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Creating generators

The Generator constructor can be called with or without new. It takes one parameter, source. The result depends on the type of source.

Passing a function to the constructor

The most generic method of creating a generator is by passing a generator function to the constructor. This function is given Yield as its first argument, which can be called to generate values.

var numbers = Generator(function (Yield) {

console.log(numbers.toArray()); // [99, 28, -1]

Of course it's up to you what you call this parameter; I suggest using Yield. You should not use yield (lowercase "y"), since that's a keyword (and thus a syntax error) in strict mode.

The way to yield values used to be this.yield in earlier versions; this no longer works. See Yield versus this.yield.

Leaking Yield

Since Yield is just another function, there is no syntax restriction to stop you from leaking it out of the current scope. But of course you shouldn't do that, and calling it after the iteration has stopped will throw an exception of type Generator.IterationError:

var leaked;
var evil = Generator(function (Yield) {
    leaked = Yield;

evil.forEach(function (val) {

leaked("don't do this"); // ERROR: this throws an exception

Infinite generators

It is okay for a generator function to yield infinitely many values, as long as it's made sure that in the end, you only iterate through finitely many of them (or, well, leave your computer running forever).

var evenNumbers = Generator(function (Yield) {
    var i = 2;
    while (true) {
        i += 2;

// still infinite
var evenAndDivisibleByFive = evenNumbers.filter(function (x) { return x % 5 == 0; });

// Don't do this! It will hang.
// console.log(evenAndDivisibleByFive.toArray());

// This is fine:
console.log(evenAndDivisibleByFive.take(10).toArray()); // [10, 20, 30, 40, 50, 60, 70, 80, 90, 100]


Instead of yielding one value at a time, you can pass another Generator (or Generator source) to yieldMany, which is given as the second argument to the Generator function. If the object source passed to yieldMany is anything other than a generator, the behaviour is identical to yieldMany(Generator(source));.

var bools = Generator(function (Yield) {

var stuff = Generator(function (Yield, yieldMany) {

console.log(stuff.toArray()); // ["string", false, true, 3.141592653589793]

Sending data to the generator function

If the generator function wants to communicate with whoever is iterating through it, it can look at the result of the yield call; it will be whatever the iteration function (the one passed to the forEach method) returns.

var keepYielding = Generator(function (Yield) {
    var value = "start",
    while (true) {
        newValue = Yield(value);
        if (typeof newValue !== "undefined")
            value = newValue;

var result = "";

keepYielding.forEach(function (val, index, stop) {
    result += val + " ";
    if (index === 2)
        return "something"
    else if (index === 4)
        return "more"
    else if (index === 6)

console.log(result); // start start start something something more more 


A generator function should be aware that generation can be stopped early. This happens by throwing the object Generator.BreakIteration as an exception. If the generator function catches exceptions, it must make sure to rethrow this exception.

var things = Generator(function (Yield) {
    Yield("a string");
    Yield(["an", "array"]);
    Yield({ length: "gotcha" });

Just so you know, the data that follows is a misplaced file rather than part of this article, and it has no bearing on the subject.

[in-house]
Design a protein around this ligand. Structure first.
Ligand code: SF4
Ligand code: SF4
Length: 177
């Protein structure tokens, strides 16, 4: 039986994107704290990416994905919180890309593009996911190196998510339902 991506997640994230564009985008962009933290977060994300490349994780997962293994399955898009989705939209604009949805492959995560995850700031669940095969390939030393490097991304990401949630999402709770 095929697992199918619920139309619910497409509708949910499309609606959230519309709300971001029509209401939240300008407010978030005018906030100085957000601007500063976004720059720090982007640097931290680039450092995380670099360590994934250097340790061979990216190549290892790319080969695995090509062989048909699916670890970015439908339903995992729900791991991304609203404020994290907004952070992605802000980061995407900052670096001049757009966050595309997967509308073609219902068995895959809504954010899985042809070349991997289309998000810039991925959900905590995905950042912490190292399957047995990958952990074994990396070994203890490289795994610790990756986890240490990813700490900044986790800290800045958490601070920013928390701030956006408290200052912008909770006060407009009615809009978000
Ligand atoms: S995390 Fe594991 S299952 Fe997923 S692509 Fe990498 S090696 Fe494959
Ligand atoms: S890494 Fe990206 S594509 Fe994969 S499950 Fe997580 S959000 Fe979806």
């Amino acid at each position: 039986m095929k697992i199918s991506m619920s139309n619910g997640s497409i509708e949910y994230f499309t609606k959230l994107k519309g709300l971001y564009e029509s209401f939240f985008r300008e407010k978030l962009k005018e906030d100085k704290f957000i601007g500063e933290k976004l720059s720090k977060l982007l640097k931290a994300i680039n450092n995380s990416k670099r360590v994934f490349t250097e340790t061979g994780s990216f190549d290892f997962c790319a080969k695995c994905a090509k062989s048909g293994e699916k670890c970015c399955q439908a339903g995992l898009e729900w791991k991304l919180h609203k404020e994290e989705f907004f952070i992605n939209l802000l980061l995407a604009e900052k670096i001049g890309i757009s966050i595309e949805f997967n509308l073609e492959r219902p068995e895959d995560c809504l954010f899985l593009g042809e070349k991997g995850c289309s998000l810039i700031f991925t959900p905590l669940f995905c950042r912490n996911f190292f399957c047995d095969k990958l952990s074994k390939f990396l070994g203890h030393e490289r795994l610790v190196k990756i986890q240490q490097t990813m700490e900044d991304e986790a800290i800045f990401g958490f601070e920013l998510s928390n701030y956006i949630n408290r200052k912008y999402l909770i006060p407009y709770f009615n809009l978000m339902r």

var lengths = Generator(function (Yield) {
    things.forEach(function (thing) {
        try {
        } catch (e) {
            if (e === Generator.BreakIteration)
                throw e;
                Yield("no length here");

// if e wasn't re-thrown above, the early stopping wouldn't work
lengths.forEach(function (val, index, stop) {
    if (val === "gotcha")

Passing an array to the constructor

Calling the constructor with an array does the obvious: It creates a generator that yields the array's contents, in order. It skips array values that were never set, or were deleted.

var fruit = ["apple", "orange", "banana", "grape", "pear"];

Generator(fruit).forEach(function (val) {
    console.log("Eat " + val + "s; they are good for you.");

Calling toArray() on a generator constructed from an array does not return the original array, but a shallow copy (if the array was fully populated) or a "condensed" version of the array (if the original has holes).

var stuff = [ function () { alert("Hello"); }, 13, true, null ];

var stuff2 = Generator(stuff).toArray();

// These are all true:
console.log(stuff2.length === 4);
console.log(stuff[0] === stuff2[0]);
console.log(stuff[1] === stuff2[1]);
console.log(stuff[2] === stuff2[2]);
console.log(stuff[3] === stuff2[3]);

// But this is false:
console.log(stuff === stuff2);

delete stuff[2];
console.log(Generator(stuff).toArray().length); // 3

If the content of the array is changed during iteration, the behavior is undefined.

Passing any other object to the constructor

Calling the constructor with anything other than an array or a function creates a generator that yields all the object's own properties, as 2-element arrays.

var flowers = {
    rose: "red",
    violet: "blue"

Generator(flowers).forEach(function (val) {
    console.log(val[0] + "s are " + val[1]);

There is no guarantee regarding the order in which the properties are yielded. Only direct properties of the object are yielded, not properties that are inherited through the prototype chain.

var Something = function () {};
Something.prototype = { foo: 42 };

var thing = new Something(); = "Hello world";

// This prints 42

// But this only outputs "bar: Hello World"
Generator(thing).forEach(function (val) {
    console.log(val[0] + ": " +val[1]);

If the object is changed during iteration, the behavior is undefined.